Our department offers an outpatient clinic for patients with cutaneous malignant lymphoma, a relatively rare disease with few specialists. Hospitals providing a specialized outpatient clinic for the disease are also scarce in Japan. Our lymphoma outpatient clinic, which also offers an online consultation service, draws patients from not only the Kanto region, but also from across the country. Broad treatment options are offered here, ranging from ultraviolet irradiation for mild cases to oral or intravenous administration of anticancer agents for severe cases. If necessary, we work in coordination with Radiology and Hematology to deliver radiation therapy and hematopoietic stem cell transplant, among other treatments. Moreover, our lymphoma outpatient clinic is part of an international consortium for cutaneous lymphoma, which is composed of scientific societies that have issued treatment guidelines for cutaneous malignant lymphomas, including the International Society for Cutaneous Lymphomas. This allows us to participate in global epidemiologic studies.

3: Outpatient clinic for psoriasis

Psoriasis is a common inflammatory skin disease presented as multiple erythematous plaques developing across the body. Psoriasis patients may also develop arthritis, uveitis, cardiovascular lesions, and glucose/lipid metabolism disorders, among others, which is why the disease is known to essentially require early treatment and lifestyle counseling. Recent studies have shown that psoriasis is among the diseases that most significantly impair patients’ quality of life, and this has prompted vigorous efforts to develop effective treatments. Such efforts have culminated in the development of new treatments in recent years, including biologics, namely anti-cytokine antibodies, and phosphodiesterase-4 (PDE4) inhibitors. However, given the increased treatment options now available, the method of treating the disease has become all the more complex, requiring us to select the most appropriate option for each patient in light of their symptoms and living environment. In response to such needs, our department established the Psoriasis Center, where we can provide treatments tailored to each patient based on our specialized knowledge.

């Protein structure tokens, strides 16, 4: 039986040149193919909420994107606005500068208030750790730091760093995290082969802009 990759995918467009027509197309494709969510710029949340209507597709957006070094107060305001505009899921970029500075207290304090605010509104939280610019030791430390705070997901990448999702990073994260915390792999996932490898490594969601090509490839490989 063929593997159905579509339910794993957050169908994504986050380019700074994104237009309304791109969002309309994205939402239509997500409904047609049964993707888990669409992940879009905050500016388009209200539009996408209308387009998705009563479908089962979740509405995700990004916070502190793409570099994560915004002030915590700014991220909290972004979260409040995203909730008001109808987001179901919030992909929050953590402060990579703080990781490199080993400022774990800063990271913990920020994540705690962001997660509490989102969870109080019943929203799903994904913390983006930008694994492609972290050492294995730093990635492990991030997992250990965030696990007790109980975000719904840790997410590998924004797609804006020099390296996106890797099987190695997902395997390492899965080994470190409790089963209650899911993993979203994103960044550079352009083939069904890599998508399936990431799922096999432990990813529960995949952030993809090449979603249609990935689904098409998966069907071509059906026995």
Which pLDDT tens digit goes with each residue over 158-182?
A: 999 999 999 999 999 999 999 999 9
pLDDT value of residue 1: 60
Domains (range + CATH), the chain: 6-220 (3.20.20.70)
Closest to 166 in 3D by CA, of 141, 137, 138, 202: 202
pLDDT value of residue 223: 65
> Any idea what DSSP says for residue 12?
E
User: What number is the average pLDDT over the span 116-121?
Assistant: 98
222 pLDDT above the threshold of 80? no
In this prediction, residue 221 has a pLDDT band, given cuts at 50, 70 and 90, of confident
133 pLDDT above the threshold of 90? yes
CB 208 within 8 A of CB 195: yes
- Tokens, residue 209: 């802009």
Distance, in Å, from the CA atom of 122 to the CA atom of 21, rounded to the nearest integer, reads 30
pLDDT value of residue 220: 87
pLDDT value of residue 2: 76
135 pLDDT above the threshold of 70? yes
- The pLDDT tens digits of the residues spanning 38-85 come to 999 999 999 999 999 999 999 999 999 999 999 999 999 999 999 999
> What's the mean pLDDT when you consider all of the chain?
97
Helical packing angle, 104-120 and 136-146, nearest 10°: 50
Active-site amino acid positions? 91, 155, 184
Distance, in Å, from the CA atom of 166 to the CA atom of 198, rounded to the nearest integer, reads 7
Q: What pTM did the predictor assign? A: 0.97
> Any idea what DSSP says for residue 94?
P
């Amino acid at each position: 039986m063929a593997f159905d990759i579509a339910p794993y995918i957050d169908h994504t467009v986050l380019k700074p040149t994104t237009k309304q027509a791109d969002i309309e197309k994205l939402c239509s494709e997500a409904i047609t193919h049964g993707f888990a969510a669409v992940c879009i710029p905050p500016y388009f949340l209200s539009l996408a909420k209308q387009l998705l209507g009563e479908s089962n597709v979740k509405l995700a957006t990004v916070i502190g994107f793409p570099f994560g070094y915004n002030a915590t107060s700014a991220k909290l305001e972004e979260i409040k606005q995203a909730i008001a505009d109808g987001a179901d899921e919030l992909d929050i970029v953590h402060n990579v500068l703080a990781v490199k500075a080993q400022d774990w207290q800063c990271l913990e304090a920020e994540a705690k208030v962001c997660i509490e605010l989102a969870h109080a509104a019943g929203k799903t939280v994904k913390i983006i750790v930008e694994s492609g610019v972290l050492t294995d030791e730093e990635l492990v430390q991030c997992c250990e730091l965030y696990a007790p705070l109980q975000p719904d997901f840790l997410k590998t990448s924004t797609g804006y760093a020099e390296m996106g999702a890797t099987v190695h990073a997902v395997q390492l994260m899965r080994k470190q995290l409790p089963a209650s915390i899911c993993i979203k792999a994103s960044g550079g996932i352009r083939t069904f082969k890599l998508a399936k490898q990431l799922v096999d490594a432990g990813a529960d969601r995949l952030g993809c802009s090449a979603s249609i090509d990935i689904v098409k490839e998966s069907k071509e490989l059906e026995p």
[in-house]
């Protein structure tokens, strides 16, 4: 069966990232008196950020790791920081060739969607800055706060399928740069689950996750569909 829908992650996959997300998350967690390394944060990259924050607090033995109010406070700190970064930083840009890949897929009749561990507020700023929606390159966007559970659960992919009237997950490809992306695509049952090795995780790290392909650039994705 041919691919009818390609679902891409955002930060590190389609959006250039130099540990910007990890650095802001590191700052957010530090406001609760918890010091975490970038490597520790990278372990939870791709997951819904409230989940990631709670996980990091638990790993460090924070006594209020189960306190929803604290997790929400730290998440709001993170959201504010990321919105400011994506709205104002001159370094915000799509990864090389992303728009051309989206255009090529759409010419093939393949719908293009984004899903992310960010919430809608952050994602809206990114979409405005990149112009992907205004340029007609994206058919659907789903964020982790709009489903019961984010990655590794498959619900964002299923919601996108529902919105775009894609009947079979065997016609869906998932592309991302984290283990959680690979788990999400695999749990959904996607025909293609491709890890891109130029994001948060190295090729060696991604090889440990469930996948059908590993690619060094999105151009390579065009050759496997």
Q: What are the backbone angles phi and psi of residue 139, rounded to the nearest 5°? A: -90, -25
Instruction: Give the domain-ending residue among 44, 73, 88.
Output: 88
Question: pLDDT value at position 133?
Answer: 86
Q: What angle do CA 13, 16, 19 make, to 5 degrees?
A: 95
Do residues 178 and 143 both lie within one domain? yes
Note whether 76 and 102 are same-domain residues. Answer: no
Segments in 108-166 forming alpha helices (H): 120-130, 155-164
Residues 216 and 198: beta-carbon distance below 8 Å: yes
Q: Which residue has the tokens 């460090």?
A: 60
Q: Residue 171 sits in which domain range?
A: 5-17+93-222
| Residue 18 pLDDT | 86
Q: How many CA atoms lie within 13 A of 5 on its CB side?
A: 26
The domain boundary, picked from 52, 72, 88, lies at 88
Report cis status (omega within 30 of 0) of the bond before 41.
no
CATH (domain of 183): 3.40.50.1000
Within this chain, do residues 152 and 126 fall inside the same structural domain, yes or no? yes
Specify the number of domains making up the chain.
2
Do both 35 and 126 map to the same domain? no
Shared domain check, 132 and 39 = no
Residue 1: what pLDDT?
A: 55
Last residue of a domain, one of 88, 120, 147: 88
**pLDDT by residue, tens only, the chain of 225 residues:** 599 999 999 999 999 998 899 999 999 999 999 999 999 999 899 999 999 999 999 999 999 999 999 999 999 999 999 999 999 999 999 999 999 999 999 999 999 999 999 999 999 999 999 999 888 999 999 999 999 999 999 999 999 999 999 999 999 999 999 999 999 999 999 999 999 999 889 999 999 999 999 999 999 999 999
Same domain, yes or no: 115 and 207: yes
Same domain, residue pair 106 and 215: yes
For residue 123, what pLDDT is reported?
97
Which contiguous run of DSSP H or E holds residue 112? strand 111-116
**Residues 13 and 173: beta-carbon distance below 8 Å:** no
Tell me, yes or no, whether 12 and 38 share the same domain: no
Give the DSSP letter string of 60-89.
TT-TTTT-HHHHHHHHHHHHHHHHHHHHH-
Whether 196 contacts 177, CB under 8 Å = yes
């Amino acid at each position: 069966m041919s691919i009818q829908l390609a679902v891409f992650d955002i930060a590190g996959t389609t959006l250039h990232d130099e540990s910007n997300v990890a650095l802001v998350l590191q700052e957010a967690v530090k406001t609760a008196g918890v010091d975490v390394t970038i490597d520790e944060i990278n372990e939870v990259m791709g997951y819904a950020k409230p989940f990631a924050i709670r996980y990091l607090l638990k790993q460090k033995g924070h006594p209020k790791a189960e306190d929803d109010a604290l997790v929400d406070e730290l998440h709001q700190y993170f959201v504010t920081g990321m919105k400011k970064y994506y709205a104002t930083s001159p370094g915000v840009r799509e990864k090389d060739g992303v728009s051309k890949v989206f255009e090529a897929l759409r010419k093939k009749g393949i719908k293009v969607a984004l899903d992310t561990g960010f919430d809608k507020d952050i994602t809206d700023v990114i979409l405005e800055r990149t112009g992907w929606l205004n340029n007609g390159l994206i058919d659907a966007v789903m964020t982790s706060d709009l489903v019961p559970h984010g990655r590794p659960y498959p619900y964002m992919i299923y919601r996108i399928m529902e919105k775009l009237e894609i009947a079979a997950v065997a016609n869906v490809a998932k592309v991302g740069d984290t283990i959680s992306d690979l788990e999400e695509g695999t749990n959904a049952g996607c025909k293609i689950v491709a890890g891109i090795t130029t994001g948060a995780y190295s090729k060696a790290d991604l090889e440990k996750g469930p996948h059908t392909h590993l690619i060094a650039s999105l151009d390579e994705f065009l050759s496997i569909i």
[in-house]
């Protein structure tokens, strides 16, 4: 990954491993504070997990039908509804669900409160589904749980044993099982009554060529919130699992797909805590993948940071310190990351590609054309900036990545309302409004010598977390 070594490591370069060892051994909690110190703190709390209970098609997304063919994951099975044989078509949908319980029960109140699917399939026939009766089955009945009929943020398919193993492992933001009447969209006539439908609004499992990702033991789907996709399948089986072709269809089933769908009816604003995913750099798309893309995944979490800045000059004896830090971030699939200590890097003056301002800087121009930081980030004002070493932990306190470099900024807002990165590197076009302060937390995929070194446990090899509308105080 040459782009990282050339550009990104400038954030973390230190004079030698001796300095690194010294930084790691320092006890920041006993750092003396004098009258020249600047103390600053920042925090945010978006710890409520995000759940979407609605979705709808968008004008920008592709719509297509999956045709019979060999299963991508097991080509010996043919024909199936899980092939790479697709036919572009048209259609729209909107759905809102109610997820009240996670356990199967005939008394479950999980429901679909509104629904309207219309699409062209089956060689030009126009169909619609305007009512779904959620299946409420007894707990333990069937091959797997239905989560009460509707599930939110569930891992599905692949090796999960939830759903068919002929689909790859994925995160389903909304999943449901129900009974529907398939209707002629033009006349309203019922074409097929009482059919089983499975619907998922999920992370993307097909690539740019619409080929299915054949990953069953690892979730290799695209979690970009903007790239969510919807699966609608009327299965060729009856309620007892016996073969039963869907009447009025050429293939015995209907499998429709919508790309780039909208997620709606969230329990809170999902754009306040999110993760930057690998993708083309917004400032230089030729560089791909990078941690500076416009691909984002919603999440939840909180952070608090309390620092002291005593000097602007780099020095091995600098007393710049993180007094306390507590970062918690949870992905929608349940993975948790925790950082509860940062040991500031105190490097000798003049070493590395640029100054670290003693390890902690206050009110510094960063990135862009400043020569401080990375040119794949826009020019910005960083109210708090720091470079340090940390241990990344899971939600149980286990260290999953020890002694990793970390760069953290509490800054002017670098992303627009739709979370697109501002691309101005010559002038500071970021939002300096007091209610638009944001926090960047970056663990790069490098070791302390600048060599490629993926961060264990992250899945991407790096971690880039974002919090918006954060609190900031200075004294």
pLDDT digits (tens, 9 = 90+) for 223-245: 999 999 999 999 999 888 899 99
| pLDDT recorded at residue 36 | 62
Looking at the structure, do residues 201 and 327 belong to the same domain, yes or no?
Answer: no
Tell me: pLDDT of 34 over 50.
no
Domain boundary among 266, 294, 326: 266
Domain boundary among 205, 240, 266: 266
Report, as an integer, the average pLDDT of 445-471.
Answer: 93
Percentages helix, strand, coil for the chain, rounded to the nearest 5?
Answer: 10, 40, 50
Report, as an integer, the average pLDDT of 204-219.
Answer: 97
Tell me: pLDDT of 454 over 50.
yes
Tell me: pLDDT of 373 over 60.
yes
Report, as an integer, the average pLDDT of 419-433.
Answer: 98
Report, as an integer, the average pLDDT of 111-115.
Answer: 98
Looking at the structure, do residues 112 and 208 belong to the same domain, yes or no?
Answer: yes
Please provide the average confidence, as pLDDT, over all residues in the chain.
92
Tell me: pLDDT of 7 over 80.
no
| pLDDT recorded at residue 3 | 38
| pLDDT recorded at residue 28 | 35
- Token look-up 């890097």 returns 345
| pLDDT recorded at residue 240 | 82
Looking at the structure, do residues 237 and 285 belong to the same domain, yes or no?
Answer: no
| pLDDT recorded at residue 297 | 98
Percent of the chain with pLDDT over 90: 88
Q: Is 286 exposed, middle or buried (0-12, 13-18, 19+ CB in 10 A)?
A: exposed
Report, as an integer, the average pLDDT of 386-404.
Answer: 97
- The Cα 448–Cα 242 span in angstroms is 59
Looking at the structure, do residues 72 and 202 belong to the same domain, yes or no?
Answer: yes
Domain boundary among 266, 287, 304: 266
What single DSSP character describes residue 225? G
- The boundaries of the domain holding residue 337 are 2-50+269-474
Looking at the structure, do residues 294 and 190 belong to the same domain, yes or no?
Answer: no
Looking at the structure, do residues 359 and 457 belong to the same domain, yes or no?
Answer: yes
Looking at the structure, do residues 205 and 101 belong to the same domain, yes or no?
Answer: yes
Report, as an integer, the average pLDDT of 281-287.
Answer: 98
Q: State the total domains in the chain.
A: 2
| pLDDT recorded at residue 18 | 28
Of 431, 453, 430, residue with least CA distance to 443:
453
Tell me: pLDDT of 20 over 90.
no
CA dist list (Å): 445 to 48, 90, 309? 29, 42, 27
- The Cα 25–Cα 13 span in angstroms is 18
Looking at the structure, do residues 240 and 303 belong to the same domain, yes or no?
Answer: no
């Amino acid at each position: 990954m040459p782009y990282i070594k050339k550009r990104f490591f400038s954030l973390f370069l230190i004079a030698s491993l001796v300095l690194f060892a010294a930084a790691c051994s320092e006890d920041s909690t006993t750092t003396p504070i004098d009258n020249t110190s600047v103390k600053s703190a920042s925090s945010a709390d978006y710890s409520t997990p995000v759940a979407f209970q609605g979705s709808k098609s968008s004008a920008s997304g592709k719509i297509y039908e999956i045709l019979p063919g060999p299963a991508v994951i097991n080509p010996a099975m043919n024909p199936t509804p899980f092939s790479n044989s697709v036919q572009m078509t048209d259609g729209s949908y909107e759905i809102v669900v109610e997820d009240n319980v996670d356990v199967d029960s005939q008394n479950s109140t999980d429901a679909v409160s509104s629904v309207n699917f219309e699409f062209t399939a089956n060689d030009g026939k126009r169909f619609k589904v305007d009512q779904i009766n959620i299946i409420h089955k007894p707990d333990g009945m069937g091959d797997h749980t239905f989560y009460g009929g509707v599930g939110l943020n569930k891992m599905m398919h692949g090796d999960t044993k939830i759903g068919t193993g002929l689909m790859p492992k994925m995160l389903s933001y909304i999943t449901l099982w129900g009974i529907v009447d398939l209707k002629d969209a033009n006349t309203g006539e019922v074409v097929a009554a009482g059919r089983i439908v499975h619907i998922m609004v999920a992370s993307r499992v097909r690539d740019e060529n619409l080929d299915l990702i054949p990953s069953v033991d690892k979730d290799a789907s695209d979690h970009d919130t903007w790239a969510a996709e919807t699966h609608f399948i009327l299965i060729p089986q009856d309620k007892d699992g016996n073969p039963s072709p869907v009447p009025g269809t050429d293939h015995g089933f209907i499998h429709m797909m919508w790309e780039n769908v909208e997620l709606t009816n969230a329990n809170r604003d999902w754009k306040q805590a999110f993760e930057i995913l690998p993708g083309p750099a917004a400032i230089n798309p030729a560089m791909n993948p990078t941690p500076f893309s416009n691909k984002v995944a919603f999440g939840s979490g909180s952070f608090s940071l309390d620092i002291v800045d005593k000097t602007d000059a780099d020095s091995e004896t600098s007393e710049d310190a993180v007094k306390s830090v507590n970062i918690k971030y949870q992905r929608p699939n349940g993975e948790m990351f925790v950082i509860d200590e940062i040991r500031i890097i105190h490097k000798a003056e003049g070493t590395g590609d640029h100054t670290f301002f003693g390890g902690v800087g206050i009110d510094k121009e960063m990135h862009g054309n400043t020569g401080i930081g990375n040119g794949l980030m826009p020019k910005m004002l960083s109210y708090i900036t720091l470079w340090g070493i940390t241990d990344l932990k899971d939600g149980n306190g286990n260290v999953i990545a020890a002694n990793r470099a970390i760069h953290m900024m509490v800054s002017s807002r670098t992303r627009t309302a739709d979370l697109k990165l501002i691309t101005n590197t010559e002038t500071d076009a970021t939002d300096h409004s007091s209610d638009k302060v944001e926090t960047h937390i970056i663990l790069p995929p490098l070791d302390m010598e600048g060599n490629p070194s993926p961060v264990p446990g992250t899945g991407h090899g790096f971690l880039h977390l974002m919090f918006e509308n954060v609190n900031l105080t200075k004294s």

4:Outpatient dermatologic surgery

The dermatologic surgery team takes care of skin diseases that require surgery, such as benign and malignant skin tumors and hidradenitis suppurativa. In consideration of each patient’s condition, the team makes efforts to explain to them their treatment options including non-surgical treatments in an easy-to-understand manner. Exponential progress has been made in the treatment of malignant skin tumors. We use immune checkpoint inhibitors including nivolumab, pembrolizumab, and ipilimumab for malignant melanoma patients, some of whom have experienced complete response to the drugs. Other advanced medical care we can offer includes the grafting of autologous cultured epidermis for extensive burns and exhaustive gene analysis using the Todai OncoPanel test. Furthermore, our department also conducts clinical studies on malignant skin tumors as a member of the skin tumor group of the Japan Clinical Oncology Group (JCOG).

Pathological conditions of systemic sclerosis

Pathological conditions of systemic sclerosis

Dermatologic surgery team of our department

Dermatologic surgery team of our department